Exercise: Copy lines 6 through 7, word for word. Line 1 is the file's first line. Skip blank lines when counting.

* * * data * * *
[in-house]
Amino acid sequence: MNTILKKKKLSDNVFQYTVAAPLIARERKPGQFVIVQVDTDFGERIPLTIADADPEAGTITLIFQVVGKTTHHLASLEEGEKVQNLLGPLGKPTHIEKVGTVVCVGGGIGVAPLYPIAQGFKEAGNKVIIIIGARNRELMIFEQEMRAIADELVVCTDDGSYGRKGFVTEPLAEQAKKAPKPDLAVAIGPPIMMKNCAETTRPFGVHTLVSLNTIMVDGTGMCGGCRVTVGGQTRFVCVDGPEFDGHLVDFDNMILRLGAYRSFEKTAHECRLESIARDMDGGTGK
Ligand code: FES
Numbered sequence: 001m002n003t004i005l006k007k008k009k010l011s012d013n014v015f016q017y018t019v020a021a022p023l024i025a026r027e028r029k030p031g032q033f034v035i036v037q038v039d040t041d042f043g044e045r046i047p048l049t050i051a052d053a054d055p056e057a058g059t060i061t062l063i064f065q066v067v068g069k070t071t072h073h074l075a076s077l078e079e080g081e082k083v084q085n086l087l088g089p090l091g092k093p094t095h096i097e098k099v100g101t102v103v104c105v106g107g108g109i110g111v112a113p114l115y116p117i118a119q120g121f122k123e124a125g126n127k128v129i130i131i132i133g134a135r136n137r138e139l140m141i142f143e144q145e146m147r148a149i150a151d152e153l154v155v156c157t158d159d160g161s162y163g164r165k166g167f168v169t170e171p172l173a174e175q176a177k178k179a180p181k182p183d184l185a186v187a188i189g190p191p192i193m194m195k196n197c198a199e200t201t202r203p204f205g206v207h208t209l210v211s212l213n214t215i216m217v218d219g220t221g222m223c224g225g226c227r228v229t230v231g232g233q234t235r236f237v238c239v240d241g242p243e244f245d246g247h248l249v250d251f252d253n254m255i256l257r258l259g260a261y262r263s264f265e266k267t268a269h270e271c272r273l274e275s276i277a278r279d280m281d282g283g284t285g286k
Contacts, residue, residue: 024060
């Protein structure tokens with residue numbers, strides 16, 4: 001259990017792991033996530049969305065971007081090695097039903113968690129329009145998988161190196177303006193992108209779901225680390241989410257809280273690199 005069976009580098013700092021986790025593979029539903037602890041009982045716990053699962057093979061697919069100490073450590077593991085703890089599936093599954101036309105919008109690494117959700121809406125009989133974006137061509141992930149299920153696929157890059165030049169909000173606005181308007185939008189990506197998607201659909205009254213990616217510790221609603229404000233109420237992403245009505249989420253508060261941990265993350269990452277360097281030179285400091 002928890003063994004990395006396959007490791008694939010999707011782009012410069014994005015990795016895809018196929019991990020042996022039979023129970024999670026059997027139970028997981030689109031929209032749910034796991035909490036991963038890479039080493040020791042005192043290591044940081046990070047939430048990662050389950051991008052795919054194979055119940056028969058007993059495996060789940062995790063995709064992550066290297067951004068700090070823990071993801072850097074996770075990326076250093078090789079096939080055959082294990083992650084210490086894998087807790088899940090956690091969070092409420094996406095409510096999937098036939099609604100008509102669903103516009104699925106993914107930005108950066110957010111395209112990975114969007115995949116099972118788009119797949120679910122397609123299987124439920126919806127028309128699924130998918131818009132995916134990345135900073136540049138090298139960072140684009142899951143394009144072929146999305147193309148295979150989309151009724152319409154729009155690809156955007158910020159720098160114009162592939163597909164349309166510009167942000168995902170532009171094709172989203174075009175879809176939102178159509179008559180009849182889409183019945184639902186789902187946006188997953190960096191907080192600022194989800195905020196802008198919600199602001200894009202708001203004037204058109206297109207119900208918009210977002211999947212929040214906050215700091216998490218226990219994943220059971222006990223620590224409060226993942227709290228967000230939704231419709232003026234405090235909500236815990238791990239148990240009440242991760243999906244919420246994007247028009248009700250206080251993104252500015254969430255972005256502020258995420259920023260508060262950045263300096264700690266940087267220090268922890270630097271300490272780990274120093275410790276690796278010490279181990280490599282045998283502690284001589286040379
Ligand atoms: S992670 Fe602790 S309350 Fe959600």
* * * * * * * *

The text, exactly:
């Protein structure tokens with residue numbers, strides 16, 4: 001259990017792991033996530049969305065971007081090695097039903113968690129329009145998988161190196177303006193992108209779901225680390241989410257809280273690199 005069976009580098013700092021986790025593979029539903037602890041009982045716990053699962057093979061697919069100490073450590077593991085703890089599936093599954101036309105919008109690494117959700121809406125009989133974006137061509141992930149299920153696929157890059165030049169909000173606005181308007185939008189990506197998607201659909205009254213990616217510790221609603229404000233109420237992403245009505249989420253508060261941990265993350269990452277360097281030179285400091 002928890003063994004990395006396959007490791008694939010999707011782009012410069014994005015990795016895809018196929019991990020042996022039979023129970024999670026059997027139970028997981030689109031929209032749910034796991035909490036991963038890479039080493040020791042005192043290591044940081046990070047939430048990662050389950051991008052795919054194979055119940056028969058007993059495996060789940062995790063995709064992550066290297067951004068700090070823990071993801072850097074996770075990326076250093078090789079096939080055959082294990083992650084210490086894998087807790088899940090956690091969070092409420094996406095409510096999937098036939099609604100008509102669903103516009104699925106993914107930005108950066110957010111395209112990975114969007115995949116099972118788009119797949120679910122397609123299987124439920126919806127028309128699924130998918131818009132995916134990345135900073136540049138090298139960072140684009142899951143394009144072929146999305147193309148295979150989309151009724152319409154729009155690809156955007158910020159720098160114009162592939163597909164349309166510009167942000168995902170532009171094709172989203174075009175879809176939102178159509179008559180009849182889409183019945184639902186789902187946006188997953190960096191907080192600022194989800195905020196802008198919600199602001200894009202708001203004037204058109206297109207119900208918009210977002211999947212929040214906050215700091216998490218226990219994943220059971222006990223620590224409060226993942227709290228967000230939704231419709232003026234405090235909500236815990238791990239148990240009440242991760243999906244919420246994007247028009248009700250206080251993104252500015254969430255972005256502020258995420259920023260508060262950045263300096264700690266940087267220090268922890270630097271300490272780990274120093275410790276690796278010490279181990280490599282045998283502690284001589286040379
Ligand atoms: S992670 Fe602790 S309350 Fe959600």